Information provided by the department shows during the last fiscal year, the state paid for 539 abortions, at a cost of about $191,000. In fiscal year 2011, it paid for 691 abortions, at a cost of nearly $245,000. In 2010, the state paid for 831 abortions, at a cost of about $290,000.
Medically necessary, as defined by the bill, states that it is a doctor's "objective and reasonable professional judgment" that an abortion must be performed to avoid threat of serious risk to the life or physical health of the woman. That could mean a serious risk of death or "impairment of a major bodily function" due to such things as renal disease that requires dialysis; congestive heart failure; coma; or "another debilitating physical condition."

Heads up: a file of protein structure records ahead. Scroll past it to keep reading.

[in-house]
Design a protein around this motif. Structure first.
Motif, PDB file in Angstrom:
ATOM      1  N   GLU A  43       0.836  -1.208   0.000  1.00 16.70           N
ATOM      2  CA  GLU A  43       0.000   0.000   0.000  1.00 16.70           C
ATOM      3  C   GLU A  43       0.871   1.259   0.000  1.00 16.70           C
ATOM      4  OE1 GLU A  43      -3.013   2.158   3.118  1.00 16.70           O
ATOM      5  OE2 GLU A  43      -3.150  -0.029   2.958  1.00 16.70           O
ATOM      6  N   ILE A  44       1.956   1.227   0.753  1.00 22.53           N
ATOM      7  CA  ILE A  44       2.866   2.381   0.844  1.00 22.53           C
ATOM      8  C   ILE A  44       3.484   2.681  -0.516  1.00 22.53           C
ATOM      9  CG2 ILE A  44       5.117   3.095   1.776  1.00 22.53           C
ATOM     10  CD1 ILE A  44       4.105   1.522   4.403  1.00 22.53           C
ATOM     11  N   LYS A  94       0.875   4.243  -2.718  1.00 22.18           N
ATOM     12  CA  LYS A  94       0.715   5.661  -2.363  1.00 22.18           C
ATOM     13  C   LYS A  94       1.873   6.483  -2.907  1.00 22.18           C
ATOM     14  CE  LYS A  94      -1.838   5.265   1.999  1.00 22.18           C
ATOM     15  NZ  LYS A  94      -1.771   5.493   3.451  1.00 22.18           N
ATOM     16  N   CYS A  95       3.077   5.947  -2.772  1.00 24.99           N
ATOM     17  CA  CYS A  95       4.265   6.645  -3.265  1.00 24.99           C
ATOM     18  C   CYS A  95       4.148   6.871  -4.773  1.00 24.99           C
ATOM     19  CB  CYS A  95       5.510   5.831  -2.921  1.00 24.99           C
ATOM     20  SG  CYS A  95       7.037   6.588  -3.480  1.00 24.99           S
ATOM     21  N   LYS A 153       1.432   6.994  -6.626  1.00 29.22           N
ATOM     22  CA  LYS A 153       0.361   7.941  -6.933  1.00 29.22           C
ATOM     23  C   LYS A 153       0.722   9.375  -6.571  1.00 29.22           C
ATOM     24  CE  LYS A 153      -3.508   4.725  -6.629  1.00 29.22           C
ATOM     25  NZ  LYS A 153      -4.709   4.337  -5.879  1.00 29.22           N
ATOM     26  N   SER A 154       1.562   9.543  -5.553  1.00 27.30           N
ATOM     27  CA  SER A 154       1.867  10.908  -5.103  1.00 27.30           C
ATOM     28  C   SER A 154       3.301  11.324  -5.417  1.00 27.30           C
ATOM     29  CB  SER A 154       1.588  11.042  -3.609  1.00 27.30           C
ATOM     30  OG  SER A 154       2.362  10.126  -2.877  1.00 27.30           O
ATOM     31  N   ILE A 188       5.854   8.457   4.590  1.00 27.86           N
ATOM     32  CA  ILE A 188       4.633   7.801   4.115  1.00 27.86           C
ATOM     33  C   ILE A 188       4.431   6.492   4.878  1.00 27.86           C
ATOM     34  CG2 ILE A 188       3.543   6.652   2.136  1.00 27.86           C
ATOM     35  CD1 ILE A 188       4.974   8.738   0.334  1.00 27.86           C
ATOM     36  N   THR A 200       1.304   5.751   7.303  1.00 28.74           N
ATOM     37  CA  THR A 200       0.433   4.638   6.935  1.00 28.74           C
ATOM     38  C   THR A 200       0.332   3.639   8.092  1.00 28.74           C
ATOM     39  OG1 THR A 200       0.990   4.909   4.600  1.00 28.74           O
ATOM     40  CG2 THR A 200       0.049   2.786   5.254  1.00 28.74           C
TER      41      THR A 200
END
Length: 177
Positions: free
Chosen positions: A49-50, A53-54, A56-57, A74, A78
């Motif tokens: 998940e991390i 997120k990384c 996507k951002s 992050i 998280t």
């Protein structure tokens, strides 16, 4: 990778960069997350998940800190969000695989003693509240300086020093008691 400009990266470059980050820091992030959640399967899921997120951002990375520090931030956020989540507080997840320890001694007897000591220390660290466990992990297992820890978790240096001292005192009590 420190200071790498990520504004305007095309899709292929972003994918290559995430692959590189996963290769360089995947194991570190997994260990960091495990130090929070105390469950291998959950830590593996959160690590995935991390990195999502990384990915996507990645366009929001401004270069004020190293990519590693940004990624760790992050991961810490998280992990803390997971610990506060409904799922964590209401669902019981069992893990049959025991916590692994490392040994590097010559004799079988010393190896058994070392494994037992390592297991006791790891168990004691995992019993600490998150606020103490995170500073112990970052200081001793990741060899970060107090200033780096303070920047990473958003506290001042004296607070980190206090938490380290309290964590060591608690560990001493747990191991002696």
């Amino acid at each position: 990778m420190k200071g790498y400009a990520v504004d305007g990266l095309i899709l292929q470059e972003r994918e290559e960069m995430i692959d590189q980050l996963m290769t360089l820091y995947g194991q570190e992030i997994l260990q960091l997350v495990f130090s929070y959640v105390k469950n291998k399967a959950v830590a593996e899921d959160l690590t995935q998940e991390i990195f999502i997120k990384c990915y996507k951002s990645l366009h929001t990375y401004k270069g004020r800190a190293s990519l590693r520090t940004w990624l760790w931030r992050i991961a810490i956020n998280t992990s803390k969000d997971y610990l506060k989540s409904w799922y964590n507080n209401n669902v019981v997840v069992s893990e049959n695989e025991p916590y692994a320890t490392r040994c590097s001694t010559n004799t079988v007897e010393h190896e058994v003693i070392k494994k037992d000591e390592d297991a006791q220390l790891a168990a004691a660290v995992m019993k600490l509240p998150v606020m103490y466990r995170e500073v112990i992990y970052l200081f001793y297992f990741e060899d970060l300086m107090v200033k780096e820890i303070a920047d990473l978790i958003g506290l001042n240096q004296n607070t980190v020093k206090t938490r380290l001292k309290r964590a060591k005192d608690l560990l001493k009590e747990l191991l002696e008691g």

French, D-Anchorage, called the proposal a "radical departure" from existing law.
"I think the chief danger is that you're interrupting what is now an extremely private matter between a woman and her doctor, sorting out an extremely difficult issue," he said.
Treasure Mackley, political and organizing director at Planned Parenthood Votes Northwest, called the proposal "dangerous for Alaskan women."
"In a state where we have some of the highest rates of rape and incest, Coghill would force women in the most vulnerable circumstances to navigate the legal system in order to obtain the medical care they need," Mackley said in a statement. "With the rate that assaults go unreported in our often small, tight-knit communities, this bill puts a foreboding burden on Alaskan women."
For more information on the bill: http://bit.ly/Xsuv0E .
Follow Becky Bohrer on Twitter at http://twitter.com/beckybohrerap.